I loved this story! As a non-technical professional, this was the best possible mix of science and human interest.
As for the narrator, I was surprised to see so much praise for her performance. Maybe being an African American woman from the south made me particularly aware of how off her portrayals of black southerners were. I especially found the voices in the dialogues between Henrietta and her family members to extremely hard to listen to and almost offensive. Thankfully that wasn't a significant part of the reading; I couldn't have made it through otherwise. I would have preferred the voice actress who made occasional appearances to have a more prominent role. The narrator did a great job on the other aspects, but I truly cringed, clenched and shuddered almost any time a black "character" had something to say.
This was an awesome story that had plenty of drama and scientific history. What a great story, at times a little difficult to remember what year you're in due to the complexity of the story. The interview at the end really helped to explain why this was.
The fact that Henrietta's cells are so unique & have helped treat so many diseases is unbelievable, shocking, riveting & heaven-sent.
I'm sad to see that so many people can only see it from the negative side - they choose to believe that she was taken advantage of, they can only complain about her family not getting anything out of it. Are humans really this greedy and self-centered?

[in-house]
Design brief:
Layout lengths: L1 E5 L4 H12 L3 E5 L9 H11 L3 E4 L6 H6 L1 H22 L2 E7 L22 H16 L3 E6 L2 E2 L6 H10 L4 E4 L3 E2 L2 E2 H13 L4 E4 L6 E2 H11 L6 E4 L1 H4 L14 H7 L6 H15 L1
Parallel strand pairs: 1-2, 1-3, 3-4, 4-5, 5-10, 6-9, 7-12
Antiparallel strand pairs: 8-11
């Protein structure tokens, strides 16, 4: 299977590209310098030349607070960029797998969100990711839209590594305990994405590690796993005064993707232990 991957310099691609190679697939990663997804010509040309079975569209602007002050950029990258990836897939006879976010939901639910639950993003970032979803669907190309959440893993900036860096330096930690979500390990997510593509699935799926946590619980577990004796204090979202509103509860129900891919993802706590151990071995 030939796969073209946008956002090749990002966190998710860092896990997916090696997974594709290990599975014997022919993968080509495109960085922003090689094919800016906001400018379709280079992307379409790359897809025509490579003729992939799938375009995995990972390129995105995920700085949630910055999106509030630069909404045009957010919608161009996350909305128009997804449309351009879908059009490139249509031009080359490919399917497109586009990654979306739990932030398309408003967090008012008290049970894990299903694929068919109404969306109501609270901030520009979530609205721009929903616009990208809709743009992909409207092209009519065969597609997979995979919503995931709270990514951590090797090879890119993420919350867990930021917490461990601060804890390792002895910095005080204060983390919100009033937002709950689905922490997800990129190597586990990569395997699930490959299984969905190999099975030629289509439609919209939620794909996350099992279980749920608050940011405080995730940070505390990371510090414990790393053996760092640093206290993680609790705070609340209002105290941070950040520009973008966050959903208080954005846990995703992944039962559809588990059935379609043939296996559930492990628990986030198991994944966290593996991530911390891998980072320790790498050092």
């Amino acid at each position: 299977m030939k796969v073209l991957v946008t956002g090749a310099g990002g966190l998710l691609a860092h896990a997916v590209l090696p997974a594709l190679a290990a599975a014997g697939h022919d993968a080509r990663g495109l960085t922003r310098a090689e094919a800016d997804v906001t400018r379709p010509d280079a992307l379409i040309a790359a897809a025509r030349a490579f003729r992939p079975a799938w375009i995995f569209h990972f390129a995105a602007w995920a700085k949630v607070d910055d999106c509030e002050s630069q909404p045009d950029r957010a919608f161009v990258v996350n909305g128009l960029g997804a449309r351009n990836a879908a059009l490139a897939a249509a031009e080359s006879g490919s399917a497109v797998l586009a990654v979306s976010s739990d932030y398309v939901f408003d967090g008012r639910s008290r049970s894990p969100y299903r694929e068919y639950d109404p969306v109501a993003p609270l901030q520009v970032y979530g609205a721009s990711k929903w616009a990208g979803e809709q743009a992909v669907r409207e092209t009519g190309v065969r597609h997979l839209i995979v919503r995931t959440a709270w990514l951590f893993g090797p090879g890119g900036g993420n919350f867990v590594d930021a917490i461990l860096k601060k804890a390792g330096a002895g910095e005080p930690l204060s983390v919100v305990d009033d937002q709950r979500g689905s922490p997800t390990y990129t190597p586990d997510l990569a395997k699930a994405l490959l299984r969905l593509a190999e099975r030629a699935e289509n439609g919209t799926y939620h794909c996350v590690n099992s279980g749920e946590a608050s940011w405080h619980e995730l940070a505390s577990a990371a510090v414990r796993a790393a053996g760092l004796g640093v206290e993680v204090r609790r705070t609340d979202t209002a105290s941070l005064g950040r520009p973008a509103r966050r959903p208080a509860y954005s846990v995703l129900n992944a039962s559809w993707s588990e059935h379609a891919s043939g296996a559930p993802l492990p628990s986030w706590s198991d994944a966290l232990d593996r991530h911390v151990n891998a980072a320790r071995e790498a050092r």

I was disappointed to see so much of the book dedicated to the political side of this issue & giving credence to these negative thoughts.
I would have loved to hear more of the human story - about how she lived her life. I would have loved to hear a dozen personal stories about how Henrietta's cells helped save others' lives, & how grateful those people were when they realized it was all due to one special, humble lady.
The bottom line to me is that Henrietta received special care that she could not afford. In return for the care, her would-be discarded cells were used for priceless research that has bettered the lives of human-kind all over the world.
It is an astonishing blessing. I would willingly give away my cells with no greedy self-serving thoughts if they could be used for such important research.
Great book. Eye-opening information. Great narration. Definitely worth buying! The hard copy has pictures. Wish they could integrate that feature into audio books as attachments...
very unbiased documentation of a much needed life story to be told. sometimes the science was boring but necessary for the full effect of the story. performance was amazing with keeping you into the story
The nuanced and extensive true narrative of the Lacks family, medical history and ethics. Skloot takes no short cuts in tackling these issues and engaging the reader in the very human tale of Henrietta Lacks.
I learned so much from this book- basic cell and research science, medical history and its impact on the poor and minorities, as well as the current laws governing cell research. One point I think that needs to be emphasized is how difficult it would be for research progress if donors were to place limits on how cells and tissue could and couldn't be used. There is so much collaboration, sharing, and overlapping of research areas, that tracking such permission limitation would severely hinder scientific discovery. Excellent narration with bonus author interview at the end.